Spring keeps happening by fits and starts. A few days ago I decided I needed to go fishing. It had been a busy week and I needed to get away from computers and telephones. If there was a hitch in my plans for the day, it might have been the fact that it was bone-chilling cold that morning across the region.
My destination for the day was Clark Canyon Dam, the reservoir south of Dillon. I keep hearing stories about the red-hot fishing on the lake about the time the ice is going out. As I drove south from Butte my biggest concern was that I waited too long and the ice was out and the magic time had passed.
Those worries were for nothing. After a couple nights of temps in the teens, there was likely more ice on the lake than a week earlier. There were spots of accessible open water along the shoreline, but in those spots there were already lots of people already fishing there. Probably from some people’s perspective things were still un-crowded, but not from mine. Rather than shoehorn myself into a spot I decided to head to the Big Hole River.
Taking a hike upstream from a Fishing Access Site on the lower river, accompanied by Flicka, my black Lab, who really appreciated a hike along the river, I got to a stretch of water that has been a long-time favorite.
It’s fun to tell stories about fishing outings when you can’t keep the fish off your hook, but this wasn’t one of them. I had just picked up a fishing magazine with an advertisement on the back cover suggesting that what we say isn’t always what we mean. For example, if someone says, “I don’t care about the fish. It’s all about being out on the water,” chances are what he really means is, “I’ve already caught seven fish and you’ve only caught two.” In my case, being out on the water was all I had.
While frequent interruptions from hungry fish would have been pleasant, it was a glorious day to be out. The frigid weather of the morning changed to pleasantly warm sunshine by early afternoon.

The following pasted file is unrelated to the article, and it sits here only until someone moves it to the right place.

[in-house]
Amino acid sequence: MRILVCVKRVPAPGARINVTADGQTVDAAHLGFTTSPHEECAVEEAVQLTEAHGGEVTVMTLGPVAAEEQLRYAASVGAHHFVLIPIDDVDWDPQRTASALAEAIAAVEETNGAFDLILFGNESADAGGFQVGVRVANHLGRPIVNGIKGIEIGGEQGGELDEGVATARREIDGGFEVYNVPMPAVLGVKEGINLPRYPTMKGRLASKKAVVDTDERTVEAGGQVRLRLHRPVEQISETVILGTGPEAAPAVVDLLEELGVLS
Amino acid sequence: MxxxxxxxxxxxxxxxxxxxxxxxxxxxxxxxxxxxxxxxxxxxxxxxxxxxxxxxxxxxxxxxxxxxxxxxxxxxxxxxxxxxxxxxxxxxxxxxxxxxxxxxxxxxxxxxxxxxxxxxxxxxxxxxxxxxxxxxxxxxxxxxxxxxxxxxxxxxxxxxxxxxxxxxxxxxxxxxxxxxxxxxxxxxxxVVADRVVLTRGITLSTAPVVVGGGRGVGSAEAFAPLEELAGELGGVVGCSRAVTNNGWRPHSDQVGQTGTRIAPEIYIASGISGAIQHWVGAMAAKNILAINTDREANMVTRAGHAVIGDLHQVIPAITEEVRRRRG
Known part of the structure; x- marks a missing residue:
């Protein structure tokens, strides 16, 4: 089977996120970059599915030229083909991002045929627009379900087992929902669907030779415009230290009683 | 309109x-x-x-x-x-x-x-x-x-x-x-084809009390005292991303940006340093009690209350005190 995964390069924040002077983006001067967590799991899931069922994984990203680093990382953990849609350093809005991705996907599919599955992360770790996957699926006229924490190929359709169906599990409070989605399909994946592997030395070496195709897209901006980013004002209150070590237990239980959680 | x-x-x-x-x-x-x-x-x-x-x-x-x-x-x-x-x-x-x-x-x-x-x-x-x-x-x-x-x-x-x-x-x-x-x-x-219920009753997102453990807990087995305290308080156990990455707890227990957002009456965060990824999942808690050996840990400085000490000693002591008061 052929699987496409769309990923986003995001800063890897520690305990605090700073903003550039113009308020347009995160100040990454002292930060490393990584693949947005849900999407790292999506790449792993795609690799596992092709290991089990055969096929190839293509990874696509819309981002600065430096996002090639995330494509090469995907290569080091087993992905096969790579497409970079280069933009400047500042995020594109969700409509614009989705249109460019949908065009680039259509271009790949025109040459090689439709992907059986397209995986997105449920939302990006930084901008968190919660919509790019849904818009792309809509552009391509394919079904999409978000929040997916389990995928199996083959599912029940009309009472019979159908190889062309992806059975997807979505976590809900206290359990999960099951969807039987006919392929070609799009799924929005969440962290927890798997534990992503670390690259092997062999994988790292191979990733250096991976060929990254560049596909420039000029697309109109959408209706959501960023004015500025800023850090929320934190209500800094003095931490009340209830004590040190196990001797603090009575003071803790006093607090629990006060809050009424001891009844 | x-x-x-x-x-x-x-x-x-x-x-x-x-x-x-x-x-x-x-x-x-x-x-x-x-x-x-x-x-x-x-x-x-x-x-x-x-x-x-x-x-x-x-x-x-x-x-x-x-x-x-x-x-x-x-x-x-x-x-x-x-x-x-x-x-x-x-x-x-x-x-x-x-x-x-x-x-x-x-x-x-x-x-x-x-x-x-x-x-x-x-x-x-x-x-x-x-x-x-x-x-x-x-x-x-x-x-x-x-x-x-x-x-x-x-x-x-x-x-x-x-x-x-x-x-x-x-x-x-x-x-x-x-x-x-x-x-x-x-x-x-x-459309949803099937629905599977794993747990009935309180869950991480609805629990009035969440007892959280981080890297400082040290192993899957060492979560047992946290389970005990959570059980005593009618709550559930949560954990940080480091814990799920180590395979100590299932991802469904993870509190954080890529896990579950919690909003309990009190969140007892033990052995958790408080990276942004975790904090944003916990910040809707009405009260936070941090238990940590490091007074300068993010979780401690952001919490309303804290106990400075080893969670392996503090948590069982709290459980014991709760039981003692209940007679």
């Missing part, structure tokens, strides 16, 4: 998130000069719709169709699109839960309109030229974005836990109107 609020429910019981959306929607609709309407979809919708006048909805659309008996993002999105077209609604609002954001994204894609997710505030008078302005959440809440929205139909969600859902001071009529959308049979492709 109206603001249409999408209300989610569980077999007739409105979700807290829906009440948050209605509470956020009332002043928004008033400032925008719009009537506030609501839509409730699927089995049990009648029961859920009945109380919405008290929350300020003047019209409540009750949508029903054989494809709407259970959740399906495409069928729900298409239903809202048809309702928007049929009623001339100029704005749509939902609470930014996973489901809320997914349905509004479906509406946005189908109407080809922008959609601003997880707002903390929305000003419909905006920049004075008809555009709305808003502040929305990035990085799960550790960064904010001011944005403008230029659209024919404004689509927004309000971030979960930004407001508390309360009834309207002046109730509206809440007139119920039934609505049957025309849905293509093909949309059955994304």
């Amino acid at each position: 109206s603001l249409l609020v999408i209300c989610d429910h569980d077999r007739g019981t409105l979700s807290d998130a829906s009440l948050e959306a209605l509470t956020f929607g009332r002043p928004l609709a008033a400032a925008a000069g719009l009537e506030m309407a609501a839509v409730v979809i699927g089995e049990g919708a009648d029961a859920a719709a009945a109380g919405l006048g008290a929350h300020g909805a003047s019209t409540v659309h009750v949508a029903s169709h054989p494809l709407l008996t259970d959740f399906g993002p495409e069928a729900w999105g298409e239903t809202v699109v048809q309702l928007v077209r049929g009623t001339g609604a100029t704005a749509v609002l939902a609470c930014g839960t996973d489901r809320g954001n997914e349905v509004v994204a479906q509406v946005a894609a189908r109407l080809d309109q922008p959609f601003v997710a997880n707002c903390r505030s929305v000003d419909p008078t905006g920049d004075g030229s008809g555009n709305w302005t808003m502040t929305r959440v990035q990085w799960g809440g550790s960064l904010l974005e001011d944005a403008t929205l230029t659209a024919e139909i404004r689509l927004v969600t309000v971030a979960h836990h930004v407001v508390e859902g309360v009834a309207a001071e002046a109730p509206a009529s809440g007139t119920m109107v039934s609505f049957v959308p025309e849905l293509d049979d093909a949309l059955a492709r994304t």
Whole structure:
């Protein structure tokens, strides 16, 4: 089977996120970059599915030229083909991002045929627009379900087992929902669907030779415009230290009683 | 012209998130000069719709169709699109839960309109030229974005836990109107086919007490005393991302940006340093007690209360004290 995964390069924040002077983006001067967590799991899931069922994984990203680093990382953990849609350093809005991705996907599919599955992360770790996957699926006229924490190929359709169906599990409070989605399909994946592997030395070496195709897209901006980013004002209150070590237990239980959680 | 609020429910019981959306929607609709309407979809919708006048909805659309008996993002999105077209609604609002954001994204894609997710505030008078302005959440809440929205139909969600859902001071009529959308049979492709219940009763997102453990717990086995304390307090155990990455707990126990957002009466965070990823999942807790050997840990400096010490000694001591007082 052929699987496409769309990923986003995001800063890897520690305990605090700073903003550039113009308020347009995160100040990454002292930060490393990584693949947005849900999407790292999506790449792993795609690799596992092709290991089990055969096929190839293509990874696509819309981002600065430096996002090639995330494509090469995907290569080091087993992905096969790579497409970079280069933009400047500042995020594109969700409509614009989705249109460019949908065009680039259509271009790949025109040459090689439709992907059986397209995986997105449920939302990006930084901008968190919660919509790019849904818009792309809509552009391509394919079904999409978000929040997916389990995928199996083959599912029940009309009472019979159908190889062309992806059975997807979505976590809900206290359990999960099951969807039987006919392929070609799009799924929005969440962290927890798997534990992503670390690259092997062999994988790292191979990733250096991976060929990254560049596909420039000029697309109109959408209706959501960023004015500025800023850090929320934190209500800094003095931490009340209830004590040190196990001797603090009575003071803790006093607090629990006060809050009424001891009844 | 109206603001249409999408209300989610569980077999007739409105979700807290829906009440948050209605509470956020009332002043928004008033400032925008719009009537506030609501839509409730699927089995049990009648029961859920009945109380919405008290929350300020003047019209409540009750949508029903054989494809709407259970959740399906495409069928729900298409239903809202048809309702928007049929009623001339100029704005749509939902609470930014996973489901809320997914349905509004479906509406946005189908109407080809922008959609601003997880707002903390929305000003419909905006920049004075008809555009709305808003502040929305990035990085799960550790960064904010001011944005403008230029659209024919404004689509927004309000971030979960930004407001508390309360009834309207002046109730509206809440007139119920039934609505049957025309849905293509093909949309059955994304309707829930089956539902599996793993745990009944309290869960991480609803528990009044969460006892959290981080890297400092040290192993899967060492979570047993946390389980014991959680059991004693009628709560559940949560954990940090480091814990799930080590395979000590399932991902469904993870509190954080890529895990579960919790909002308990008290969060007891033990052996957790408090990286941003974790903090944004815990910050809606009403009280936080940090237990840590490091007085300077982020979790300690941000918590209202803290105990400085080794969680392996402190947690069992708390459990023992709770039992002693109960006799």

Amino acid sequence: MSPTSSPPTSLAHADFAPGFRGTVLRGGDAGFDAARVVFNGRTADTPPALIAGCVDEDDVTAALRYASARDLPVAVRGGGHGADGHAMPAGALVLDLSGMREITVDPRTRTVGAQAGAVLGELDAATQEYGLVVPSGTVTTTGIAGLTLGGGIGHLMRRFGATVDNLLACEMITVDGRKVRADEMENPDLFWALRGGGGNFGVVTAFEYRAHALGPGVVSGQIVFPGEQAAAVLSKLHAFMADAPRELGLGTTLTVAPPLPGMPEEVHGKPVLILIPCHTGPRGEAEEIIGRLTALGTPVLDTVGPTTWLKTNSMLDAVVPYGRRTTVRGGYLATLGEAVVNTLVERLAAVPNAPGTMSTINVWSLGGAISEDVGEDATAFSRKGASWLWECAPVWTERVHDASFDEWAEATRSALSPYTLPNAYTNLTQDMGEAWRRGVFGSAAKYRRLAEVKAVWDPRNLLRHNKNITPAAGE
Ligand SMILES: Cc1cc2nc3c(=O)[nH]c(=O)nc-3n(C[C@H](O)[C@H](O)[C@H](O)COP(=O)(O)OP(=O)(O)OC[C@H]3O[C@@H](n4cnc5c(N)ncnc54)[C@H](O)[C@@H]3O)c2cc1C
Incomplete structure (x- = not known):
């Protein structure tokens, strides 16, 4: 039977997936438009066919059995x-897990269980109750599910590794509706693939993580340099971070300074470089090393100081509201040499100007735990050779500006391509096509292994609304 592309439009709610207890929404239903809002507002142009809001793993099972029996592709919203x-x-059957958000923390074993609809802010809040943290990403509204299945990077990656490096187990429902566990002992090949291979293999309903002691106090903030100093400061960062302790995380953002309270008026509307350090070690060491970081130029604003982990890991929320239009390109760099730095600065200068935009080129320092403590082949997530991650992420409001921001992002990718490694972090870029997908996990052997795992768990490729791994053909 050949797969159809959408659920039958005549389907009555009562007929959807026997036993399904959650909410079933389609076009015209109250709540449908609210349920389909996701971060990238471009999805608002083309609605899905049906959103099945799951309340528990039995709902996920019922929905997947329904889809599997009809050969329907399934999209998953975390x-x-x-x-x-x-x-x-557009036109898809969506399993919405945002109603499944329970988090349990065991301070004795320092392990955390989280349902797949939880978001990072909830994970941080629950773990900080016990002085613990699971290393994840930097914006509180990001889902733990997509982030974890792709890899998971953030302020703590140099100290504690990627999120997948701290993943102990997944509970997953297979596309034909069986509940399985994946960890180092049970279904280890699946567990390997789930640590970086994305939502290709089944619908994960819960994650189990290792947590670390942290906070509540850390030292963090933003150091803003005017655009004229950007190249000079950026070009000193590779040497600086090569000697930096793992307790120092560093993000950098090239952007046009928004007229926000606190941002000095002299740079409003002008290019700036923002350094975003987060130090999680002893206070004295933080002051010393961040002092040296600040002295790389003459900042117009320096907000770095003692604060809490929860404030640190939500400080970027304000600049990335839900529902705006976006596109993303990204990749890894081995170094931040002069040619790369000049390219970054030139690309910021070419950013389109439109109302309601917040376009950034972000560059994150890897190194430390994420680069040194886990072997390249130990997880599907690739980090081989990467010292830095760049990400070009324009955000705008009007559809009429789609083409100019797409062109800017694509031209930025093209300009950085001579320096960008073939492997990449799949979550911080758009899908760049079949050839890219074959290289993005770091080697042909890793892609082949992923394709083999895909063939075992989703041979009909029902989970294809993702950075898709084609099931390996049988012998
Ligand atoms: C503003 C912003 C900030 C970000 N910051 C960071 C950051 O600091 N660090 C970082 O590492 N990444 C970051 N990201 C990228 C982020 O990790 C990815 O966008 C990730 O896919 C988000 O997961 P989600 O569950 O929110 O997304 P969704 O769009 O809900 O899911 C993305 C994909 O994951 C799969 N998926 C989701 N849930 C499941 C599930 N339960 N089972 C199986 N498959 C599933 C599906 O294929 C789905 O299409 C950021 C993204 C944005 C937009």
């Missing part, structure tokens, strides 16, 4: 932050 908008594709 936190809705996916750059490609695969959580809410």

Canada geese were flying overhead or could be heard in backwaters as they go about the routine of setting up spring housekeeping. Mallard ducks were paired up in some old oxbows, and to prove that the season had really changed, the call of sandhill cranes echoed through the river bottoms.
The riparian areas were still dry, in need of spring rains to get some greenery going. In good water years, there is also flooding to give the thirsty ground a good drink, though that’s not likely to happen this year. Still, green grass is poking through the fallen leaves and desiccated grasses of last year.
While waiting for some fish action, I reflected on my good fortune to be living in Montana, where standing in the river is a right guaranteed by both statute and court rulings.
I had just read, in the online version of the Wall Street Journal, of controversies in Colorado, concerning landowners who would like to cut off floating access on waters flowing through their property. In Colorado, the courts have long ruled that fishermen can’t wade into rivers flowing through private land without risking being hauled into court for criminal trespass.
While that’s settled law, a current issue is whether landowners can bar access to floaters. Some property owners who have developed dude ranch operations would like to be able to advertise private fishing on what they consider their water—without the annoyance of rafters disturbing the peace and quiet.
Currently, some landowners are threatening to sue floaters, while in the legislature one representative introduced a bill to guarantee the right to float, though it got bogged down in the state senate. Currently, people on both sides of the issue are circulating initiatives to bring the question to the voters this November.
Yes, nothing like warm sunshine, and a comparison to Colorado, for example, to make me fully appreciate a spring afternoon on the Big Hole River of Montana.
Note: the photo above is Clark Canyon Reservoir on April 10